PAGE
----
We recognize that the State has a duty to preserve, where reasonably practical, relevant evidence obtained in the investigation of a crime. However, in the present case, the splinters were not removed from Colby’s hand for the purpose of obtaining them as evidence. The record does not indicate that the investigation of the murder had focused on either defendant at that time. The splinters were removed from Colby’s hand for the purpose of providing medical treatment, which the penitentiary is required to do. The medical personnel at the penitentiary may well have thrown the splinters away, or lost them prior to there being any indication that they were relevant to the murder.
The trial court had discretion regarding the examination of witnesses. State v. Hogervorst, 90 N.M. 580, 566 P.2d 828 (Ct.App.1977); cert. denied, 90 N.M. 636, 567 P.2d 485 (1977). We find no abuse *370of discretion in this case, and the testimony regarding the splinters was properly admitted.
Colby argues that the trial court erred in admitting into evidence two notes, one of which was allegedly written by Colby, and the other allegedly written to Colby by another inmate. The notes related to the defendant’s alibi defense. A handwriting expert testified that the writing on each of the notes was the same as the handwriting which appeared on documents in the inmates’ respective files at the penitentiary. The specific objection was that the samples used to compare the handwriting in the notes were not shown to have been written by the respective inmates.
The records custodian at the penitentiary testified that the samples which were used in the handwriting analysis were from the files regularly kept at the penitentiary. Although he did not personally testify that he saw the respective inmates make the writings which were used as samples, he did testify that the writings were the result of regular procedures at the penitentiary. We have held that similar evidence regarding fingerprints is admissible, if regularly kept in the course of penitentiary business, even though the records custodian did not personally see the fingerprints made. State v. Linam, 18 N.M.St.B.Bul. 67, 93 N.M. 307, 600 P.2d 253 (1979); State v. Gallegos, 91 N.M. 107, 570 P.2d 938 (Ct.App.1977). We see no reason why the same rule should not apply to writings made by inmates and regularly kept in the course of penitentiary business. We hold that the samples were admissible under N.M.R.Evid. 901(b)(7). We therefore conclude that the notes themselves were properly authenticated, and were admissible under N.M.R.Evid. 901(b)(3).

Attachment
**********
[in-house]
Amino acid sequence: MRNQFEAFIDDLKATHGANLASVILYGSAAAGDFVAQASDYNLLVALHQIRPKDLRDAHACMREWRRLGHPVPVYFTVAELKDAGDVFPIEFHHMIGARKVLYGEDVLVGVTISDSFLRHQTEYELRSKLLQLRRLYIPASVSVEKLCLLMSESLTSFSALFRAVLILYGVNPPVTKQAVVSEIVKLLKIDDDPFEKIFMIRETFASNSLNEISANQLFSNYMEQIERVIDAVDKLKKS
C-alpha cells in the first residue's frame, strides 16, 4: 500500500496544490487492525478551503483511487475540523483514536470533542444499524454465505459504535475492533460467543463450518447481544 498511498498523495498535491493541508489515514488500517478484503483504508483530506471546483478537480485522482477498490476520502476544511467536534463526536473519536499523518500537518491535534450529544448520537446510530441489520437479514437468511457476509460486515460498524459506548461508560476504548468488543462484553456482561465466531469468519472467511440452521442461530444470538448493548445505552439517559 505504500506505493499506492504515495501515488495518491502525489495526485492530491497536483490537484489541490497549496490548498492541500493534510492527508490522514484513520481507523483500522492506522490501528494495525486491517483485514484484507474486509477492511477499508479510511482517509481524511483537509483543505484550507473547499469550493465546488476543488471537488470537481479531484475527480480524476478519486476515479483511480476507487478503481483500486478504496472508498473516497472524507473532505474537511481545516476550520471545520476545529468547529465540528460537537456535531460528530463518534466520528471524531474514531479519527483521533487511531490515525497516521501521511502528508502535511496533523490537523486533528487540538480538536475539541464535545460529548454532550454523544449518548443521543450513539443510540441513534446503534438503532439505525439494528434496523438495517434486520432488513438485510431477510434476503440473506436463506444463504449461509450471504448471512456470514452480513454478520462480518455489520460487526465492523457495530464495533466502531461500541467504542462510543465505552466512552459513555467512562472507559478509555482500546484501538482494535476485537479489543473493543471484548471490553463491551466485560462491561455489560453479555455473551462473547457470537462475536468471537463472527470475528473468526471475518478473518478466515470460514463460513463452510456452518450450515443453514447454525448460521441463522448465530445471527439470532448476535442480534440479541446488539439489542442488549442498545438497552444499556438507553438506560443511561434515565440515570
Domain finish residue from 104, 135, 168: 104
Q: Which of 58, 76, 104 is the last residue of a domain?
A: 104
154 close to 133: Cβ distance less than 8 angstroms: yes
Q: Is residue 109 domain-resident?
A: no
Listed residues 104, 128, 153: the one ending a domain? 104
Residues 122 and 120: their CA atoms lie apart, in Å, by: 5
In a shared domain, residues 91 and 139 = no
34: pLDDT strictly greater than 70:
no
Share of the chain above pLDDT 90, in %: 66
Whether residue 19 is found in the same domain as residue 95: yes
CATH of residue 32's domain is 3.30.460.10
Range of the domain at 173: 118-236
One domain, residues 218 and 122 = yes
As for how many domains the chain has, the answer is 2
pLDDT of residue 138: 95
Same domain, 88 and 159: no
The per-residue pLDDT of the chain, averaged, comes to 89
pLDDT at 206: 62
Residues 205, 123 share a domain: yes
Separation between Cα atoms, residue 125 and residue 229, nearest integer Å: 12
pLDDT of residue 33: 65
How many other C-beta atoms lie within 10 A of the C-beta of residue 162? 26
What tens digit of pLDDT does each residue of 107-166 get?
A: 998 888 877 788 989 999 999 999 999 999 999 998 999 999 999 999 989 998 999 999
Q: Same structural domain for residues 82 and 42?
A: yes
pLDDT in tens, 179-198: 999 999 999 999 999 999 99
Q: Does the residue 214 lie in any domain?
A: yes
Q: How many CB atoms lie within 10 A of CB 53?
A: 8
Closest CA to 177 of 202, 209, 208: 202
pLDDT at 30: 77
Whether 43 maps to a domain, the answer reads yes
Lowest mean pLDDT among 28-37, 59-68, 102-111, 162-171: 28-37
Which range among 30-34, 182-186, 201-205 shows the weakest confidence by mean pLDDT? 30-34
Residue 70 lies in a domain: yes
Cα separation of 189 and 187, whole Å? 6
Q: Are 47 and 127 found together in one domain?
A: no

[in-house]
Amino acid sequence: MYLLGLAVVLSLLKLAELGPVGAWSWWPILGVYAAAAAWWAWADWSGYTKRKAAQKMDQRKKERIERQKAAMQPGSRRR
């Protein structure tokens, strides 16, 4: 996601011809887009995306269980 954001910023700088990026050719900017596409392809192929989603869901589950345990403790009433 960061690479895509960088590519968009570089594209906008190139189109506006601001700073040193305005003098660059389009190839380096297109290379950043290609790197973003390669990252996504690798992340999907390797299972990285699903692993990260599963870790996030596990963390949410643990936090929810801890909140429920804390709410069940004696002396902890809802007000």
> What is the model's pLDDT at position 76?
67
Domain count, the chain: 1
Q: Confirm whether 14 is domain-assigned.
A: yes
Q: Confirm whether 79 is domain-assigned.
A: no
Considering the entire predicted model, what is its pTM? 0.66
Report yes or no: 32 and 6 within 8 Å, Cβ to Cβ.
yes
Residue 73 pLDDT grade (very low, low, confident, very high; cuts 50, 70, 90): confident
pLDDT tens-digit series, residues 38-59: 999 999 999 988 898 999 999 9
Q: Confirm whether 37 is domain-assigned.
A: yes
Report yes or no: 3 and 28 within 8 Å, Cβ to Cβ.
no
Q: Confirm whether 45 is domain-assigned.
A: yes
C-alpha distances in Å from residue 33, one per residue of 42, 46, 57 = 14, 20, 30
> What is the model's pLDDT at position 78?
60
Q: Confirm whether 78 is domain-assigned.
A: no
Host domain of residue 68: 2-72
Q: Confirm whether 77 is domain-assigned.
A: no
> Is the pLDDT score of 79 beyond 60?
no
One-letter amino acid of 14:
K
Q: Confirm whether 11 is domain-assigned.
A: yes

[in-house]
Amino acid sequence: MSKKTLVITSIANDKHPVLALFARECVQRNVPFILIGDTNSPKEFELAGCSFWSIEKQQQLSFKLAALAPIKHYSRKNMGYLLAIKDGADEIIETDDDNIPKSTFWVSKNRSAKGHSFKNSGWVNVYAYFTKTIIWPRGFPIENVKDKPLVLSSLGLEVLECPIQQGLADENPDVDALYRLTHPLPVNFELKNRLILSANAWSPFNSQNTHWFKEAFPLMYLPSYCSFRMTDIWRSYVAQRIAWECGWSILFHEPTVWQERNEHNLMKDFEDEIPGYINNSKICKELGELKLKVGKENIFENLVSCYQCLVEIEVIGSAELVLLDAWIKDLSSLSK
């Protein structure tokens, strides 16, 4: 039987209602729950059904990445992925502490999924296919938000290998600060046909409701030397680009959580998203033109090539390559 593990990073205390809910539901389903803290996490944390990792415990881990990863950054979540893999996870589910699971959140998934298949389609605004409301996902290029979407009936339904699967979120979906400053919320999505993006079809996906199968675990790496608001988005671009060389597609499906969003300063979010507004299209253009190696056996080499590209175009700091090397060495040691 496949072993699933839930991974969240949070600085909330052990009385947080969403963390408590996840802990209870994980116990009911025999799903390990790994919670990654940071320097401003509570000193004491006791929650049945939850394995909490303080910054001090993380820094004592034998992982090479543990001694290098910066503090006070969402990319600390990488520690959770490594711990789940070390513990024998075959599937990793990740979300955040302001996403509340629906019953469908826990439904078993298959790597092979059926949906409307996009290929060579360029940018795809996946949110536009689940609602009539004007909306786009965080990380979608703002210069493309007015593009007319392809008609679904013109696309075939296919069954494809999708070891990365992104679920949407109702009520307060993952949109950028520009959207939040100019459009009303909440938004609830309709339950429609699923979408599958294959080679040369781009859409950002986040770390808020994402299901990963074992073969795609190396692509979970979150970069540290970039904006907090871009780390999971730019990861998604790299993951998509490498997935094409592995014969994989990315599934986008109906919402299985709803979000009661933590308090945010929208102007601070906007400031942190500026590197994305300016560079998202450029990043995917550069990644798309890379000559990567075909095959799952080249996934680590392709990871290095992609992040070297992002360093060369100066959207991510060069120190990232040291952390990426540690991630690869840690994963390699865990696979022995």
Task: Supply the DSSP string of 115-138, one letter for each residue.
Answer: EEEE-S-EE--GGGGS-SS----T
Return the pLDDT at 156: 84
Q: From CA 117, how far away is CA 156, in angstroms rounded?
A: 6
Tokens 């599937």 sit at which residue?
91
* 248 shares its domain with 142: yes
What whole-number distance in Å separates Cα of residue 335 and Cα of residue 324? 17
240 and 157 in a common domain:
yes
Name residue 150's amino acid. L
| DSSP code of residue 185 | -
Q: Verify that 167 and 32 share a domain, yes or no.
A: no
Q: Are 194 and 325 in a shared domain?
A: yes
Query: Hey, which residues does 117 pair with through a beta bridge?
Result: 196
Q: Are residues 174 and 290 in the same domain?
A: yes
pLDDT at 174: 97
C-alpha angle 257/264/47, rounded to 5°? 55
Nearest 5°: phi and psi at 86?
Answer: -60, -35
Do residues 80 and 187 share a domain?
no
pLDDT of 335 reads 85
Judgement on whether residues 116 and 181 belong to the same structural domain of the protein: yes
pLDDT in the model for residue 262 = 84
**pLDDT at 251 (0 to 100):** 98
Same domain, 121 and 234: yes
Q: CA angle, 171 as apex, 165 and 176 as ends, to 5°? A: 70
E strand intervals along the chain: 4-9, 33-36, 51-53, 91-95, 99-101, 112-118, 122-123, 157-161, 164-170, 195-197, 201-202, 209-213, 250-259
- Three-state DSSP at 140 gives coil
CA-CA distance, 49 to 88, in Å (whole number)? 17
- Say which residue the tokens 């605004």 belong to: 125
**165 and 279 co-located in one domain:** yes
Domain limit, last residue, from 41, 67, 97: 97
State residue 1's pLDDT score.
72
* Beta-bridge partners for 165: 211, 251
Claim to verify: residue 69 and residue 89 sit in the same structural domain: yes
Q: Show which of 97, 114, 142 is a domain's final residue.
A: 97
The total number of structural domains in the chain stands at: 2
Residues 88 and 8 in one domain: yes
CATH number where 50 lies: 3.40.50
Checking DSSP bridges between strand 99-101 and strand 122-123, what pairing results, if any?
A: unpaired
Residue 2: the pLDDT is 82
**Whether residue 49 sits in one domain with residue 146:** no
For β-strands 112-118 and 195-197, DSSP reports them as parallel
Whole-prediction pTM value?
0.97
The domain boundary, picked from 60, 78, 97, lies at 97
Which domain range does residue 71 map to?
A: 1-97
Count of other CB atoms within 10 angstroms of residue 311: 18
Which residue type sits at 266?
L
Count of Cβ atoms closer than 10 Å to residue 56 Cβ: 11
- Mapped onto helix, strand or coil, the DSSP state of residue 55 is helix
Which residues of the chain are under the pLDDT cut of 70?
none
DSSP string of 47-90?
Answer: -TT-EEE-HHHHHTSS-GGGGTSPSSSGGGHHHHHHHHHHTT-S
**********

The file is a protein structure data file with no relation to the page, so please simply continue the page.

Finally, the defendants argue that the trial court abused its discretion in admitting into evidence photographs of the victim. Defendants argue that the photographs merely aroused the passions of the jury and that their prejudicial effect outweighed their probative value. Defendants argue that the photographs had no relevance because the means of death was not an issue; rather, alibi was the defense theory. However, the record indicates that on cross-examination of the State’s medical witness, an issue was raised as to whether the injuries were caused by a brick rather than a baseball bat.
The admission into evidence of photographs of the victim is within the discretion of the trial court. State v. Noble, 90 N.M. 360, 563 P.2d 1153 (1977). “The photographs were used to illustrate, clarify, and corroborate the testimony * * * concerning * * * wounds of the victim ****’’ Id. at 363, 563 P.2d at 1156. We find no abuse of discretion in the admission into evidence of the photographs of the victim.
The convictions of the defendants are therefore affirmed.
IT IS SO ORDERED.
FEDERICI and FELTER, JJ., concur.